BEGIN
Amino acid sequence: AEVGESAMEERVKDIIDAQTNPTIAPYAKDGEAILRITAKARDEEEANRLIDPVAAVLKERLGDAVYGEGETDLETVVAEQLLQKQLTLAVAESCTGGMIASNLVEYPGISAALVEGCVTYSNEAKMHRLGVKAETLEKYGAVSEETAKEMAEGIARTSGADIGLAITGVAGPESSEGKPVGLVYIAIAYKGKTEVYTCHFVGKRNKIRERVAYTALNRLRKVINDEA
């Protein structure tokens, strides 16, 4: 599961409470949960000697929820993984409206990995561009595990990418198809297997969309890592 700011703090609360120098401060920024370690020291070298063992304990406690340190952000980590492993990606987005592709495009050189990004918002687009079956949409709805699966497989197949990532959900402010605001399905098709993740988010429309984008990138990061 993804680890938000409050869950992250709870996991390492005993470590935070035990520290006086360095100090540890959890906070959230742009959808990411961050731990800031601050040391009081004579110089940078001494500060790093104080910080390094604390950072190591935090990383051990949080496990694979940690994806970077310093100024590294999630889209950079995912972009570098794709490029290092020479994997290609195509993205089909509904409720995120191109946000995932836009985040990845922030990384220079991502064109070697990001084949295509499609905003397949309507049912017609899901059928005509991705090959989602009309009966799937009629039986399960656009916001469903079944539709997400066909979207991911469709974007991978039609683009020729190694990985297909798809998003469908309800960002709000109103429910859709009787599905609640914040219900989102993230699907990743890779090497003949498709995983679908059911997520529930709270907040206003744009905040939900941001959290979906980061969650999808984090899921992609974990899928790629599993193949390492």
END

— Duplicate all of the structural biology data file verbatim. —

Amino acid sequence: AEVGESAMEERVKDIIDAQTNPTIAPYAKDGEAILRITAKARDEEEANRLIDPVAAVLKERLGDAVYGEGETDLETVVAEQLLQKQLTLAVAESCTGGMIASNLVEYPGISAALVEGCVTYSNEAKMHRLGVKAETLEKYGAVSEETAKEMAEGIARTSGADIGLAITGVAGPESSEGKPVGLVYIAIAYKGKTEVYTCHFVGKRNKIRERVAYTALNRLRKVINDEA
């Protein structure tokens, strides 16, 4: 599961409470949960000697929820993984409206990995561009595990990418198809297997969309890592 700011703090609360120098401060920024370690020291070298063992304990406690340190952000980590492993990606987005592709495009050189990004918002687009079956949409709805699966497989197949990532959900402010605001399905098709993740988010429309984008990138990061 993804680890938000409050869950992250709870996991390492005993470590935070035990520290006086360095100090540890959890906070959230742009959808990411961050731990800031601050040391009081004579110089940078001494500060790093104080910080390094604390950072190591935090990383051990949080496990694979940690994806970077310093100024590294999630889209950079995912972009570098794709490029290092020479994997290609195509993205089909509904409720995120191109946000995932836009985040990845922030990384220079991502064109070697990001084949295509499609905003397949309507049912017609899901059928005509991705090959989602009309009966799937009629039986399960656009916001469903079944539709997400066909979207991911469709974007991978039609683009020729190694990985297909798809998003469908309800960002709000109103429910859709009787599905609640914040219900989102993230699907990743890779090497003949498709995983679908059911997520529930709270907040206003744009905040939900941001959290979906980061969650999808984090899921992609974990899928790629599993193949390492």